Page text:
Credit issuers’ algorithms worked differently in determining female creditworthiness in the past, Hite noted. For example, a shared checking account gave the wife equal access to the wealth. Thus a wife’s credit rating would and should be comparable to the husband’s.
Those algorithms did not include data about which person owned the accessible assets. They only researched business ownership.
New automated systems have become more intelligent and business-specific. Automation will be the first approach for the industry. It reduces salary and benefit costs, which are always at the top of the list for all businesses, she noted.
“This will be corrected in short order by regulation,” said Hite. “It is already in the law, and we await the next variable to be discovered. Changing systems is always messy.”
Cleaning Up the Mess
The suspicions surrounding the Apple Card are, at minimum, disturbing. In the weeks to come, both Apple and Goldman Sachs likely will go back to the drawing board, tweak the algorithm, and announce that they have fixed the problem, suggested Reid Blackman, founder of Virtue Consultants. This will hold only until the next one rears its head, of course.
“What we really have here is a biased or discriminatory outcome, and it is frankly shocking that Apple and Goldman Sachs did not do anything to uncover this kind of bias on their own,” he told the E-Commerce Times.
Having a due diligence process in place with operationalized artificial intelligence ethics would have presented multiple places where this error would have been caught, said Blackman, adding that nobody should be developing AI now without an ethical safety net.
What Apple and Goldman Sachs failed to do was implement ethics quality control, bias identification and mitigation, he said. They should already have been actively assessing who was getting what kind of credit and tracking disparate outcomes in their ongoing analysis.
“Having good quality control in place means they would have had a plan for something like this. Bias in AI and data is a well-documented problem. At this point, if you are not prepared, it is negligence,” said Blackman.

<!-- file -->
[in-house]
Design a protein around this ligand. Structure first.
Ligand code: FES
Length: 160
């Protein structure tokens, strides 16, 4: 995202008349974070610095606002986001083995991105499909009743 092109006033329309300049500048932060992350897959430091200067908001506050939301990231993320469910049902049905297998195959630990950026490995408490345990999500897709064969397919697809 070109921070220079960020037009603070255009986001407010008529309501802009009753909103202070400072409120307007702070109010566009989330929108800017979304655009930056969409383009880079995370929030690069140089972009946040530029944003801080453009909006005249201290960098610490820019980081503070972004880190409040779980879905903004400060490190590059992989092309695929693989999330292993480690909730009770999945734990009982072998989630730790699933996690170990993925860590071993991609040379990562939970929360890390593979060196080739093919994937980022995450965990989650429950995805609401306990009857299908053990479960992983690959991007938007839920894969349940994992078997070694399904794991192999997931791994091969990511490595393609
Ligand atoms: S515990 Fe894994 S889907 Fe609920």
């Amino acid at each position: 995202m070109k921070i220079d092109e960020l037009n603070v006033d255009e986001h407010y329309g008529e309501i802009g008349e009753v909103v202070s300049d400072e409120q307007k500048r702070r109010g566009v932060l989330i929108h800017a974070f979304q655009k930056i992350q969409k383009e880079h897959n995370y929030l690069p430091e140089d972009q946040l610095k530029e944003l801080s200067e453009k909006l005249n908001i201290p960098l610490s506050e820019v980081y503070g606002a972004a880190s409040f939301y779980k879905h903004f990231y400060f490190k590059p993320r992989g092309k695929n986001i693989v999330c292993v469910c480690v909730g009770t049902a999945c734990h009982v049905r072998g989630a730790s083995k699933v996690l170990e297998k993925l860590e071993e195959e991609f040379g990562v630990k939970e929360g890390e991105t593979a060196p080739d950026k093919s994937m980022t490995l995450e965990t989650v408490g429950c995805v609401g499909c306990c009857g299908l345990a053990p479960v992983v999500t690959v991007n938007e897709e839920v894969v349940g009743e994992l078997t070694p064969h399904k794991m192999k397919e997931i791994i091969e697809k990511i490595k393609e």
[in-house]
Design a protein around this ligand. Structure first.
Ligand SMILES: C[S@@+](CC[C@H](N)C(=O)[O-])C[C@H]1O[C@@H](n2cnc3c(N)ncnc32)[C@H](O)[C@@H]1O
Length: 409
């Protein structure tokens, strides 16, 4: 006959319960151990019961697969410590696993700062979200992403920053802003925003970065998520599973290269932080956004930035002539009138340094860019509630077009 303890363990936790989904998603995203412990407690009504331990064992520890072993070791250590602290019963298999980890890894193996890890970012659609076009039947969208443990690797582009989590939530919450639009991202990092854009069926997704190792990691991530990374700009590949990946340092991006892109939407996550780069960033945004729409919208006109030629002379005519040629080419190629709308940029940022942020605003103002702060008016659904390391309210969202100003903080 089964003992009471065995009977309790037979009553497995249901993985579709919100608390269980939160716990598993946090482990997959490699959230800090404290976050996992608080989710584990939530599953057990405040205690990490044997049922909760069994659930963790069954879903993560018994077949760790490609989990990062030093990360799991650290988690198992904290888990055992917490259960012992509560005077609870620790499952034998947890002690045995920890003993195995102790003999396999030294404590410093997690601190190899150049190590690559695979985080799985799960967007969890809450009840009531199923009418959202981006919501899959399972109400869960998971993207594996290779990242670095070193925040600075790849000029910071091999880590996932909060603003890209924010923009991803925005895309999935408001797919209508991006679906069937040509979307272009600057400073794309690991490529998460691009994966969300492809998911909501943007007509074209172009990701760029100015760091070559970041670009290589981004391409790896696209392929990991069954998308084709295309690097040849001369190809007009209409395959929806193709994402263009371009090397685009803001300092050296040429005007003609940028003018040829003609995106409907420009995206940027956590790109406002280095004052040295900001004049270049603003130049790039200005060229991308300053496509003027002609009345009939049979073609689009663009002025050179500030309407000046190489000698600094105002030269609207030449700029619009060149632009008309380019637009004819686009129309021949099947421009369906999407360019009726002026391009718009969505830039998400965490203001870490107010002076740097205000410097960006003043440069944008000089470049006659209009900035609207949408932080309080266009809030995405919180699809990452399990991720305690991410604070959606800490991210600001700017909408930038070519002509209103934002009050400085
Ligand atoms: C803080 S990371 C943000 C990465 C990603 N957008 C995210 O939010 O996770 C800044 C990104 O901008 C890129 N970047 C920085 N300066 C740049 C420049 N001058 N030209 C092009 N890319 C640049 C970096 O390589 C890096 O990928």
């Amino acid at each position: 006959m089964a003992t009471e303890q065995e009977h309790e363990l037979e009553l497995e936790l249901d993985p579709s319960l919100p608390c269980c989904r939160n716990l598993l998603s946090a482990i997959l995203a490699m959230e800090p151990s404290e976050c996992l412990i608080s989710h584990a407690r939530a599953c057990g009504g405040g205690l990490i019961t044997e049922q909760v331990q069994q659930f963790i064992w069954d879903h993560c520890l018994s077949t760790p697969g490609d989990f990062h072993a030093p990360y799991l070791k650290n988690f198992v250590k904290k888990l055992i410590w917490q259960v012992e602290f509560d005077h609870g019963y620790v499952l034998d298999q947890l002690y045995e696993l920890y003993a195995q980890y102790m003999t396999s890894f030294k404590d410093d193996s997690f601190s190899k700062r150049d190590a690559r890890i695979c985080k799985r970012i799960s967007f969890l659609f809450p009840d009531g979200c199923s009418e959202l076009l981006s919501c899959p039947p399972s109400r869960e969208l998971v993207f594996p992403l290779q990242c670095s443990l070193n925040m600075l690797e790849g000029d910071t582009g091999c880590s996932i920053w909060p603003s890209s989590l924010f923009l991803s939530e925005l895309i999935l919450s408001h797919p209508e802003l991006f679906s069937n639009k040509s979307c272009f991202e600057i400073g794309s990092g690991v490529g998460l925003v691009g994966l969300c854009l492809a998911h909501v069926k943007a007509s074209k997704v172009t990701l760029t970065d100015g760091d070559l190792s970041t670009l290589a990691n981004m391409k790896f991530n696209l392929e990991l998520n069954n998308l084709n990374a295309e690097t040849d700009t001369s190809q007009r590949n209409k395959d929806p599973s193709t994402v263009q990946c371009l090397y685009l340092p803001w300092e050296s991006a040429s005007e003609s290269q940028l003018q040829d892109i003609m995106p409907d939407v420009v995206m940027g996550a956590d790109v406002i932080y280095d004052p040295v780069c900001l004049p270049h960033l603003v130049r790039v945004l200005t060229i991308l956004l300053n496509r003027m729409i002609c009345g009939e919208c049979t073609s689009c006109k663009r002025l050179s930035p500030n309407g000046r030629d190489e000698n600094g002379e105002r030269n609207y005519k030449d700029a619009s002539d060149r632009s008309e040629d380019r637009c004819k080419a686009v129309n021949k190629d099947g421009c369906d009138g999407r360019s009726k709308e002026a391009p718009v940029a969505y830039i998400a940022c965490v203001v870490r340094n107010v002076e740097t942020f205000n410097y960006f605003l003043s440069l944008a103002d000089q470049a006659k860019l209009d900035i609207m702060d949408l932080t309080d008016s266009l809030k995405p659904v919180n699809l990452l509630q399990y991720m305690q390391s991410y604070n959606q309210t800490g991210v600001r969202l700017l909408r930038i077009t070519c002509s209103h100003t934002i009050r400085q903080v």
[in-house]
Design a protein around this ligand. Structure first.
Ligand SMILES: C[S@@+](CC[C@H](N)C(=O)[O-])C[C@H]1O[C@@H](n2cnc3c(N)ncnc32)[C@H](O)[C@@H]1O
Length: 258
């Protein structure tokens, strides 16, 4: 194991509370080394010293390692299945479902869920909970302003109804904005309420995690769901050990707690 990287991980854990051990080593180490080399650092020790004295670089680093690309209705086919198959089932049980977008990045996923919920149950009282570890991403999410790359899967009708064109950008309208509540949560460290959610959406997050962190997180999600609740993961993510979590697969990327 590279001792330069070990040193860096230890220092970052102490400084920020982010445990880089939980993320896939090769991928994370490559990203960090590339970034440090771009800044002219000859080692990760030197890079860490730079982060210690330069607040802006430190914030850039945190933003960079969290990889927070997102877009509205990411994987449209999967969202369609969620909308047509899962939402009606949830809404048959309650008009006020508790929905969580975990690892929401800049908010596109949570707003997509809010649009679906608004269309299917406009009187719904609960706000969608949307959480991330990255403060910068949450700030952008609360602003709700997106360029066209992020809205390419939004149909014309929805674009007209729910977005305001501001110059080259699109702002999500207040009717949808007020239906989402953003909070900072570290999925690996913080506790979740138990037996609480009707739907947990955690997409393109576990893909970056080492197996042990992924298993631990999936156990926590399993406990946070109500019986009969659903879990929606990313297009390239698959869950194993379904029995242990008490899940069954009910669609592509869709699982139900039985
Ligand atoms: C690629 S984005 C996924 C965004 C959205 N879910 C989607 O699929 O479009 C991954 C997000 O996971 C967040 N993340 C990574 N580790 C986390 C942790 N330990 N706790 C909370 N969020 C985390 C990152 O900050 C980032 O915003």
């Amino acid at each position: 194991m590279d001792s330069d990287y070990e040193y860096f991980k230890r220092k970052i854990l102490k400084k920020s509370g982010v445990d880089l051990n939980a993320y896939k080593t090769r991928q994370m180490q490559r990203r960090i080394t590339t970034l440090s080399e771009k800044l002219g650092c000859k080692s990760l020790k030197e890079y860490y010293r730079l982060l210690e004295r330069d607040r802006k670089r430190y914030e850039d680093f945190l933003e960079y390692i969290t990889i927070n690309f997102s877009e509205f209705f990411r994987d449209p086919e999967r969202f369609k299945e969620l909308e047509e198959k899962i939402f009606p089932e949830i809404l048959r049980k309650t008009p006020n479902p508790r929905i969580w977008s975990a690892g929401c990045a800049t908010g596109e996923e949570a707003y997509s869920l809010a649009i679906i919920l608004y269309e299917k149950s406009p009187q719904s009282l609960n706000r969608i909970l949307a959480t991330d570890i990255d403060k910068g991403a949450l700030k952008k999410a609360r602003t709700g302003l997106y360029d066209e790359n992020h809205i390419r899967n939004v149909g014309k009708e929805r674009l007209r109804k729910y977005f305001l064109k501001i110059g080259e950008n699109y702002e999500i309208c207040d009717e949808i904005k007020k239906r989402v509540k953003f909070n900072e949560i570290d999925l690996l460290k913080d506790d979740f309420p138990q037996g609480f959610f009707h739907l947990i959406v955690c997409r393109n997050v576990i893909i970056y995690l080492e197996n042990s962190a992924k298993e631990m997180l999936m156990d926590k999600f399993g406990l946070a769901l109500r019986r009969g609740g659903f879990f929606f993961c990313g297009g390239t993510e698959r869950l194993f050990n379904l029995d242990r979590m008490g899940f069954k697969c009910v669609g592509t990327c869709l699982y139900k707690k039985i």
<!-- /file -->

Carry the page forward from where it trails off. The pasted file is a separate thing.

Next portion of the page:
Balance and Control Needed
This situation underscores the need for a balanced approach toward automation. Can algorithm-based decision-making take the noise out of the system? Yes. Is it a silver bullet? No, said Cisco Liquido, senior vice president for business strategy at Exela Technologies.
“When we work with a client, we always advocate for a balanced approach towards automation because the known unknown — in this case potential unconscious gender biases — cannot be kept in check by computer alone,” he told the E-Commerce Times.
Some of the reporting around the Goldman Sachs/Apple Card issue points a finger at accidental bias in the credit decisioning algorithms that might have discriminated against women. There was no field for gender in the Apple Card credit application, according to Jay Budzik, CTO of Zest AI.
“AI is not to blame. Unintended discrimination can happen whether or not a lender uses AI,” he told the E-Commerce Times. “Age-old loan scoring methods based on only a dozen or so backward-looking measures can be biased and discriminatory, too.”
The essential component is that lenders are able to interpret both the inputs and outputs of any model to ensure it does not perpetuate bias. AI models make this analysis slightly more complicated because they use more data and churn through millions of data interactions, explained Budzik.
However, they are proven to provide wider access for communities that have been locked out of housing, credit and other opportunities because of discriminatory barriers. AI also saves banks from making bad loans, he added.
In an effort to make AI safe and fair to all consumers, Zest AI created ZAML Fair, software that allows companies to upload their current lending model and spot any instances of disparate impact.
“Disparate impact” refers to any practices that adversely affect a protected group of people more than another, even though the rules may be formally neutral.
ZAML Fair tunes the model to achieve a set of less discriminatory alternatives, said Budzik. The goal is to preserve the economics of a lending portfolio while providing all the model governance documentation and fair lending analyses necessary to give lenders the confidence they need to put new, fairer models into production.